– In response to PMI’s Marlboro campaign entitled “Don’t Be a Maybe”, we created similar “Don’t Be A Target” graphics and encouraged people to watch our video called “Don’t Be a Target”. We also participated in a flash mob outside of the Philip Morris shareholders meeting in order to draw attention to PMI’s marketing strategies.
– We also followed and shared news about tobacco control, the tobacco industry, and how they interfere in tobacco regulation, both in the United States and around the world. Read some of these articles here, here and here.
Check back next month to see the exciting things we have planned for the TIM Project in 2016!
Most regular readers of the ASH blog will have heard the news from the World Health Organization (WHO) that smoked and preserved meats are now known carcinogens. Far too many news outlets, eager to sensationalize, have announced this news with headlines such as: Bacon, ham and sausages ‘as big a cancer threat as smoking’.
To be clear: no it isn’t. And the WHO never said it was.
The confusion stems from the way WHO categorizes cancer risks. Products or behaviors that have a clear link to cancer are all placed into the same category, a category that includes asbestos and tobacco. There are five categories in all, but saying that because tobacco and meat are in the same “quintile” means that they are equally dangerous is like saying that anybody in the top fifth of wage earners (roughly an income of over $200,000 a year) is as rich as Bill Gates.
So to set the record straight…
One serving of bacon a day raises your risk of certain cancers by 18%
Three cigarettes a day raise your risk of lung cancer by 500%
So please, if you decide that your love of bacon makes the slight increase in cancer risk worth it, don’t come to the same conclusion about tobacco. Tobacco kills about half of its long term users.
Eating sausage is like driving slightly over the speed limit. Smoking cigarettes is like playing Russian roulette with half the chambers loaded.
In 2011, the United Nations General Assembly declared October 11 as the International Day of the Girl, to recognize girls’ rights and the unique challenges that girls face around the world. Girls and women around the world face challenges unique to their gender- discrimination, violence, education disparities- but one issue that is often forgotten is tobacco.
Approximately 176 million adult women worldwide are daily smokers. In the U.S., 17.7 million females over the age of 15 are daily smokers, and 8.5% of girls in the U.S. age 15-19 smoke. Read more here>.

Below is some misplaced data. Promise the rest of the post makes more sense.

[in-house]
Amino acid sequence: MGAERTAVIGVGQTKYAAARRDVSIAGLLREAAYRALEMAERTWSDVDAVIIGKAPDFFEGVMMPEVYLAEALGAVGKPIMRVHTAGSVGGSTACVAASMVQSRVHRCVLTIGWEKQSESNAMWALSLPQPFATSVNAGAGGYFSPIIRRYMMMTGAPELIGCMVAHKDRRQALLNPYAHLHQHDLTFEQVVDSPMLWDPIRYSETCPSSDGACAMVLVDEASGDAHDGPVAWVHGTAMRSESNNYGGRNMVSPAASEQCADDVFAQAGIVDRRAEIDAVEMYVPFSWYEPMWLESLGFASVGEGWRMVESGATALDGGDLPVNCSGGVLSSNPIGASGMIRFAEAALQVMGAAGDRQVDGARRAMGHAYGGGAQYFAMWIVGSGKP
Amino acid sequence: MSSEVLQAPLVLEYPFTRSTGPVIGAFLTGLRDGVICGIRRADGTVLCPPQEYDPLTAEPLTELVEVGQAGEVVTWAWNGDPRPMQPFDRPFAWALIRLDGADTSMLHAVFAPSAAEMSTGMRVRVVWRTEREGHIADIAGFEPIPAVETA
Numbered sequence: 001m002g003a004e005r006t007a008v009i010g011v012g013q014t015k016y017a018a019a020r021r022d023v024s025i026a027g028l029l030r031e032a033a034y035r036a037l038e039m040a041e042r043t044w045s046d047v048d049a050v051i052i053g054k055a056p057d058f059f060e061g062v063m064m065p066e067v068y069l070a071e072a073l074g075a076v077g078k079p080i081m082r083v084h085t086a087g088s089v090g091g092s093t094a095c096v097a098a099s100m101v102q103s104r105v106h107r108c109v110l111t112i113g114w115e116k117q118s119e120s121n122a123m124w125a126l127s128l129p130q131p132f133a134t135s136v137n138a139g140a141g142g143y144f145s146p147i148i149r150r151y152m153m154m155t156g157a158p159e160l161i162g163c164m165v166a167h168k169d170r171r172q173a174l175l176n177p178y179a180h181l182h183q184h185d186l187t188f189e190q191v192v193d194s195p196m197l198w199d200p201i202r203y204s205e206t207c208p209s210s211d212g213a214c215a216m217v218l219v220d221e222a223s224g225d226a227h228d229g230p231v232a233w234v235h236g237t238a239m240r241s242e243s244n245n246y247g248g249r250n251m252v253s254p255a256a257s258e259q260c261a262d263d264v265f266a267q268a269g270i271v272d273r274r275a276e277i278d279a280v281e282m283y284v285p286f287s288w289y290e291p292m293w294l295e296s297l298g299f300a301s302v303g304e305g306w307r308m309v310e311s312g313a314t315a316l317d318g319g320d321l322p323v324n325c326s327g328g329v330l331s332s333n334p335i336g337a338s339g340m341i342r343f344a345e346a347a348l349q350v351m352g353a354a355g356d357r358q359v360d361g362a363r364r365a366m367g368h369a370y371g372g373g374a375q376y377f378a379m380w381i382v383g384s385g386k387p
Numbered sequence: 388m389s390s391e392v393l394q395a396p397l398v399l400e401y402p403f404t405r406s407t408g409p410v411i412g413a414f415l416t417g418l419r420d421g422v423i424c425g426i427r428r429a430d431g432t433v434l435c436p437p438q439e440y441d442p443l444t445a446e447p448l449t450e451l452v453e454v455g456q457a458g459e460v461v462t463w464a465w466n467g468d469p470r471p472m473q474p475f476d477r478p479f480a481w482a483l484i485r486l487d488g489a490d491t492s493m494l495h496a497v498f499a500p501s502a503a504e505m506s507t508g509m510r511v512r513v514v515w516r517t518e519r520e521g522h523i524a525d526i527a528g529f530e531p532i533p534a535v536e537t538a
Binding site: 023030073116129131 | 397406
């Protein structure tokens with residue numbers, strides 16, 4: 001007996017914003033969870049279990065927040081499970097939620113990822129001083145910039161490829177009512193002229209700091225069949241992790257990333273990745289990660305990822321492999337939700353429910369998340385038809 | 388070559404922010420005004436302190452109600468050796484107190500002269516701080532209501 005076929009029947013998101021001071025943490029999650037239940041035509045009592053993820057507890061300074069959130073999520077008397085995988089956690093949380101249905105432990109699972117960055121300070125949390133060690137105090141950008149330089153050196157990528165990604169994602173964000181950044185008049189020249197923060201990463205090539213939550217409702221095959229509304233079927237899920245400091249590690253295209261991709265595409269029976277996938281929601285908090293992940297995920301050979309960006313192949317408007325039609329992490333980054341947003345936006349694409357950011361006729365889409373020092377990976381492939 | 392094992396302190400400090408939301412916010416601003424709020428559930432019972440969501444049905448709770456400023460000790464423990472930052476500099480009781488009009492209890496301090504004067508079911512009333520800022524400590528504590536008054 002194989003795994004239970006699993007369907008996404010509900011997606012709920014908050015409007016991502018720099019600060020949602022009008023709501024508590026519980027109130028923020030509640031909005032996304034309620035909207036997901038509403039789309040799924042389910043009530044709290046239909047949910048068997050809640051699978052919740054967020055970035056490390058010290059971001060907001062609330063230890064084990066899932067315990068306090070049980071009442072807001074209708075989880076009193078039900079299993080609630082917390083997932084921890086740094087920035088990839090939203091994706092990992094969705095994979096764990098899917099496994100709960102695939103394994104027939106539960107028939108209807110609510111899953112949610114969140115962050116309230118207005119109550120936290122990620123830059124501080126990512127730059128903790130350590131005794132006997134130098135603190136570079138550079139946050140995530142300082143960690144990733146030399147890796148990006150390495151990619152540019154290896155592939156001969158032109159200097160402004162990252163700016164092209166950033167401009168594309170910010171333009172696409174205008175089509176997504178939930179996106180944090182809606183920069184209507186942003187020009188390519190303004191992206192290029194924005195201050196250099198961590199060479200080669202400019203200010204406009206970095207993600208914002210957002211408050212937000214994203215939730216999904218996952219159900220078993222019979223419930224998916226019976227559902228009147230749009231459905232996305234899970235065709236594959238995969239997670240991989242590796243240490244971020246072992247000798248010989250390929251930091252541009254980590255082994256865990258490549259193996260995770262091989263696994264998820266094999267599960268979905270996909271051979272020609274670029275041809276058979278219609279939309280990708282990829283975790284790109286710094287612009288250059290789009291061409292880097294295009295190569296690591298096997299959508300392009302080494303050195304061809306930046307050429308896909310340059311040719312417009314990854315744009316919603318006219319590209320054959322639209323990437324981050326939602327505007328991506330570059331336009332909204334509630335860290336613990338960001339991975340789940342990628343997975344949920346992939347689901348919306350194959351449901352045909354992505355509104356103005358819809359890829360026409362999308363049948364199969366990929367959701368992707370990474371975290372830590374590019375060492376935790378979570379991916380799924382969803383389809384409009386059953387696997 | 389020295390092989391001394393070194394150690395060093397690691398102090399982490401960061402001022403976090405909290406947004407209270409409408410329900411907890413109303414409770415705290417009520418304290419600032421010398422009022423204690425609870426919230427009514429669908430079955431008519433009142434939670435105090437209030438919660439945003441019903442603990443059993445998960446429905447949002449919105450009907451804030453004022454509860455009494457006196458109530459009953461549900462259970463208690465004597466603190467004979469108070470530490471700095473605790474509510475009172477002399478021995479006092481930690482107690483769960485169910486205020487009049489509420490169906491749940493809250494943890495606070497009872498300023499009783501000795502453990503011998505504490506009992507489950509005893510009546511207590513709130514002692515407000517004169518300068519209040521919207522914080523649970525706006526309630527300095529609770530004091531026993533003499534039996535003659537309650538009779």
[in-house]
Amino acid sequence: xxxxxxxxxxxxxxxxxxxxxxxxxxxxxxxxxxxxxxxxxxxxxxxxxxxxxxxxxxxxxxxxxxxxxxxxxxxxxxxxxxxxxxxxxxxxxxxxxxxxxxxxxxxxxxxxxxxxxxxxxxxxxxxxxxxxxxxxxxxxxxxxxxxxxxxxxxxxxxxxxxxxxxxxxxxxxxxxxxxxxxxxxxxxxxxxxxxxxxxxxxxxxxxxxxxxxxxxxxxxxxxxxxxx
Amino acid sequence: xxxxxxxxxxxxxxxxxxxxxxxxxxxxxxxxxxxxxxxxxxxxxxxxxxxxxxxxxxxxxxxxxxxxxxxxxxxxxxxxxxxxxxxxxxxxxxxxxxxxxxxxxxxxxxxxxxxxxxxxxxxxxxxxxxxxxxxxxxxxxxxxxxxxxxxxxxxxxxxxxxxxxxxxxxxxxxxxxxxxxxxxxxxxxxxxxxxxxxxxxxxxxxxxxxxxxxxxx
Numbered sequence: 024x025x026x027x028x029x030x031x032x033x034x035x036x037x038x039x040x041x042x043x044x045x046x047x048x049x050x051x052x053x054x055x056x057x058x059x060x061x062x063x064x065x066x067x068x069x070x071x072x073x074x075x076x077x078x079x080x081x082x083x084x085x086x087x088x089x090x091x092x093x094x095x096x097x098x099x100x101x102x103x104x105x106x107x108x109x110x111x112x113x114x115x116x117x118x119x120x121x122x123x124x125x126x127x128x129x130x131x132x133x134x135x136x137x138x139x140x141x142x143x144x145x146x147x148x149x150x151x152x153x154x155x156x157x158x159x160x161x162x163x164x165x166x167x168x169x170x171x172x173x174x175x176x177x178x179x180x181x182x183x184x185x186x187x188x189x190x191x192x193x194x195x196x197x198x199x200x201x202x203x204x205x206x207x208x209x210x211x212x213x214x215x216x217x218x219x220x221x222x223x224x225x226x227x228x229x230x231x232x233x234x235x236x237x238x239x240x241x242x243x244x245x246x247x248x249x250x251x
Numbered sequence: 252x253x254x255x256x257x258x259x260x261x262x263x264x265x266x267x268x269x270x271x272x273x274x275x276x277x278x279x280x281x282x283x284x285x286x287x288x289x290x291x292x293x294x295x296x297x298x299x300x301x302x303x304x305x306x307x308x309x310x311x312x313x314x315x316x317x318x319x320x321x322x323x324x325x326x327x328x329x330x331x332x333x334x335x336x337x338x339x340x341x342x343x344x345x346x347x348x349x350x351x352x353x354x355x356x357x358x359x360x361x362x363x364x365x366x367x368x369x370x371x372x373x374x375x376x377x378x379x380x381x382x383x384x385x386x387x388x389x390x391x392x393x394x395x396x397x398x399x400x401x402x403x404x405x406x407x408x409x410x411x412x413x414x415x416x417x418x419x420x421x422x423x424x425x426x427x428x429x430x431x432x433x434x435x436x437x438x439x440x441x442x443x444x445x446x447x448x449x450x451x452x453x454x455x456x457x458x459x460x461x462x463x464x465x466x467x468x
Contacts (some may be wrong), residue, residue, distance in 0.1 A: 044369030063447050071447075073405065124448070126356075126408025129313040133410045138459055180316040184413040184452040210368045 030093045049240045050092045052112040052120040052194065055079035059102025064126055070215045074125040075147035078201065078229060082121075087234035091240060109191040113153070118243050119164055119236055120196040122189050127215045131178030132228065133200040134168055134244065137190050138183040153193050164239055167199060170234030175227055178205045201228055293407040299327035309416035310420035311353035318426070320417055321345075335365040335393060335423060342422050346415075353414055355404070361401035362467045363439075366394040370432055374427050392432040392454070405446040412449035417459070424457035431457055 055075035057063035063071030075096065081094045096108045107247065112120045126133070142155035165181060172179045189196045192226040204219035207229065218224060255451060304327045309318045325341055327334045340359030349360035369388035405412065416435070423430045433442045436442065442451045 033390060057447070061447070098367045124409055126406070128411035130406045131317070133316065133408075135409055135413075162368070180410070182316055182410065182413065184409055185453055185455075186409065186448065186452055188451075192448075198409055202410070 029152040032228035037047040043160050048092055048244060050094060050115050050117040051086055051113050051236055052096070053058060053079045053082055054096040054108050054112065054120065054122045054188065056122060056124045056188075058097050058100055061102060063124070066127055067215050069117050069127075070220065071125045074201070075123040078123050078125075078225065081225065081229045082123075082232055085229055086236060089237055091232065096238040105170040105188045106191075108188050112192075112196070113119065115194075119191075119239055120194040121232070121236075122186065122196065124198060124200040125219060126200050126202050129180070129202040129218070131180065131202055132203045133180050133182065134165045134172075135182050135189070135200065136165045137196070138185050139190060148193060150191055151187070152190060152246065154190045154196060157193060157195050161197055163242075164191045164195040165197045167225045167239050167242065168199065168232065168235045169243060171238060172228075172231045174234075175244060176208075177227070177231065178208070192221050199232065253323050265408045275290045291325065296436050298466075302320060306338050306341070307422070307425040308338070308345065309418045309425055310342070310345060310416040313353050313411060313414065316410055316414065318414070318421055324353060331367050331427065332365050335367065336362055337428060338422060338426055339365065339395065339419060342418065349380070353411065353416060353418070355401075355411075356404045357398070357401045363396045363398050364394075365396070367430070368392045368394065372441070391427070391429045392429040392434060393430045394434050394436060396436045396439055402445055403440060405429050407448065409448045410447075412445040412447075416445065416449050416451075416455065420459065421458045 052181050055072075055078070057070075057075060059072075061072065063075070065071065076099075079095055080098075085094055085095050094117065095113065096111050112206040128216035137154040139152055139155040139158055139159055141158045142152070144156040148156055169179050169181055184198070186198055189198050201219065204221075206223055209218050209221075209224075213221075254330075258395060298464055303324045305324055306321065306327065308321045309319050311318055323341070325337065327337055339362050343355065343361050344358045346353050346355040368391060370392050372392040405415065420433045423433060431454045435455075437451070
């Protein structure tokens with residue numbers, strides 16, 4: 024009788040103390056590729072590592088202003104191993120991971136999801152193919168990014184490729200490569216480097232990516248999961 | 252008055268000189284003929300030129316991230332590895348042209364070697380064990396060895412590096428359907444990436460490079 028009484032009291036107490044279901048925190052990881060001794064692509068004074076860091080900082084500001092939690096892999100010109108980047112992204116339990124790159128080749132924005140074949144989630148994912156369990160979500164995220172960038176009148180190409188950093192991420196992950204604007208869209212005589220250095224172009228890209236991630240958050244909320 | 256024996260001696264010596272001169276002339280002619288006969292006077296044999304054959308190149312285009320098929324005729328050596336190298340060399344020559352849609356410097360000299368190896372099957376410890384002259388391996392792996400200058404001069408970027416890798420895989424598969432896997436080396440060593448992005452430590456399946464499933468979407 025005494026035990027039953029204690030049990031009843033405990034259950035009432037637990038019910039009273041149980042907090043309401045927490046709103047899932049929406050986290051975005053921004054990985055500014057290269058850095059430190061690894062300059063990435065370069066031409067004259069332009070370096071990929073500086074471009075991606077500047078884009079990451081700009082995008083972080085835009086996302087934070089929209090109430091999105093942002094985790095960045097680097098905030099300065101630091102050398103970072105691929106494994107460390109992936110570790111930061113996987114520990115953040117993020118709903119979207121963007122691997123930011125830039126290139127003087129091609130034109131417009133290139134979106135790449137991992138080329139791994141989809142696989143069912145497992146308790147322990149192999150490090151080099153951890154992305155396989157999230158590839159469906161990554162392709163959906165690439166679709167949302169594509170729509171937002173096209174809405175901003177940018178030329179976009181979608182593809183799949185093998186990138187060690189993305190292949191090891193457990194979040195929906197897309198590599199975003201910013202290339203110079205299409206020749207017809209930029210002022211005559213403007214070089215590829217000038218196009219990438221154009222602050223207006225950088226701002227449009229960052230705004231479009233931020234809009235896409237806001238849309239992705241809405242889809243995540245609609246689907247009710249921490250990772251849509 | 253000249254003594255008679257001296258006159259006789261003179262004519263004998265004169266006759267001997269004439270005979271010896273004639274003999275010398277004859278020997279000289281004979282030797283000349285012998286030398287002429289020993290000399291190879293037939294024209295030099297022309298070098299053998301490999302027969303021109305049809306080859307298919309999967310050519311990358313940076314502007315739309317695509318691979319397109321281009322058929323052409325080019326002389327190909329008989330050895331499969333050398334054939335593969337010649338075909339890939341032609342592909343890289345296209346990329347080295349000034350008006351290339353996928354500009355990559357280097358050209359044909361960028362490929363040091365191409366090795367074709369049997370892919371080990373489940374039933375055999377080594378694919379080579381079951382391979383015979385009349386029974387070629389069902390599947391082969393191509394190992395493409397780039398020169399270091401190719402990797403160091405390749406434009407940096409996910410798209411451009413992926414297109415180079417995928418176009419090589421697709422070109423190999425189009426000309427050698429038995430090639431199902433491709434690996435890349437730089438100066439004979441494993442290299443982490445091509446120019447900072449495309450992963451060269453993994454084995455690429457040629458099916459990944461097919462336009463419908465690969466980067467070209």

Big tobacco specifically targets women and girls with advertising that attempts to show smoking as glamorous and to portray smokers as independent, successful, and thin. Women often smoke or continue smoking in order to lose or control weight. Big Tobacco is well aware of this and many companies have had advertising campaigns focused on weight.
Advertising that targets women and girls often highlights smoking as glamorous, sophisticated, or sexy, all of which are particularly attractive to teenagers. Obviously, what is considered sexy or cool has changed dramatically over time, but tobacco companies have kept up with the trends, as a way to attract younger consumers. These ads are often found in magazines, many with youth readership like People, Time, Rolling Stone, and Entertainment Weekly. Read more here>.
Big tobacco has even capitalized on women’s rights movements and gender equality.
Tobacco companies go beyond just ads in an attempt to target girls. Many products, packaging, and flavors are designed to lure in female smokers, often in shades of pink. Big tobacco also sponsors parties and giveaways.
Tobacco advertising campaigns are targeted at girls early and often, at the cash register, in magazines, and at parties. To see more about tobacco advertising, watch our video “Don’t Be A Target”. Each year, more than 200,000 women in the U.S. and 1.5 million women around the world die from tobacco related diseases. This year on International Day of the Girl, be sure to think, talk, and tweet about how damaging tobacco and tobacco advertising are to women and girls.
**Unless otherwise cited, the photos are courtesy of Stanford School of Medicine Research into the Impact of Tobacco Advertising. Please see their excellent resources, available here>.**
FOR IMMEDIATE RELEASE
Contact: Megan Arendt
Tobacco Carve-Out in TPP, Major Victory for Public Health
Removes New Weapon for Tobacco Industry
WASHINGTON, DC – Monday, October 5, 2015 – In a major victory for public health, negotiations for the Trans-Pacific Partnership (TPP) Agreement concluded this morning with built-in protections to prevent private corporations from suing governments over anti-tobacco regulations. The victory comes after years of pressure from a vast coalition of health groups and pro-health legislators, including Action on Smoking and Health (ASH), to protect the right of governments to regulate tobacco without fear of expensive lawsuits. The tobacco industry, along with its allies in the U.S. Chamber of Commerce and other groups, fought hard to ensure that overseas marketing of tobacco products – the only consumer product to kill when used as intended – could continue unabated.
“We would have preferred a blanket exemption for tobacco in the Agreement, denying increased rights for the tobacco industry across the board,” said Laurent Huber, Executive Director of Action on Smoking and Health. “However, ISDS was the most worrisome aspect of the TPP, and now the tobacco industry cannot use it to block or delay life-saving measures.” Malaysia proposed just such a full carve-out for tobacco, but ultimately could not achieve full consensus.